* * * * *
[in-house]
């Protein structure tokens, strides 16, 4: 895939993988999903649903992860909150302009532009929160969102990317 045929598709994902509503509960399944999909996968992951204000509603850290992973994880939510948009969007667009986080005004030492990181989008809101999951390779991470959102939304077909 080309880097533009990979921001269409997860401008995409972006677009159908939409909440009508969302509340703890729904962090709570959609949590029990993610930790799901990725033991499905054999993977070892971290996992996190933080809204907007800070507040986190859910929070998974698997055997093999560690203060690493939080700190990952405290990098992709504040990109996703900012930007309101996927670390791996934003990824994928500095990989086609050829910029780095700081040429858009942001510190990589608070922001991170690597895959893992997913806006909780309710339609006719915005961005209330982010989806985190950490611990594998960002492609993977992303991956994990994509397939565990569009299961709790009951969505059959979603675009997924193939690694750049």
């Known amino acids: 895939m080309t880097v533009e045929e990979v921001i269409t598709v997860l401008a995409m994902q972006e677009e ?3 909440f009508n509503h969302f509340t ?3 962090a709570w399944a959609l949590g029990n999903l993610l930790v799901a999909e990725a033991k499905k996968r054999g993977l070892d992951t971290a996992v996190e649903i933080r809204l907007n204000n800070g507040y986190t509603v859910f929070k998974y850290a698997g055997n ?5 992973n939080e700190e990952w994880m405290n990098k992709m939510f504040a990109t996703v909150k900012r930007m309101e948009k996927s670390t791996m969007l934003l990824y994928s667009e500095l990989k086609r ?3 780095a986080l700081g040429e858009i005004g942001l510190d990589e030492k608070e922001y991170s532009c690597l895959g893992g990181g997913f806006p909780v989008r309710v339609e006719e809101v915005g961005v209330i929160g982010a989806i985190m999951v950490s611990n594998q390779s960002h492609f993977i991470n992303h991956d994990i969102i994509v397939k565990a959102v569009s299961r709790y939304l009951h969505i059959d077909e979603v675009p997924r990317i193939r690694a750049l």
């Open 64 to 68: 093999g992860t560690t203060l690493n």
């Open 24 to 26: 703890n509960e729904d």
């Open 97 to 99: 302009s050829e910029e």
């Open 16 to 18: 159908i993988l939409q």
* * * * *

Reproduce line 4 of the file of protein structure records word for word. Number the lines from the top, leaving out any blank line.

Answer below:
């Open 64 to 68: 093999g992860t560690t203060l690493n």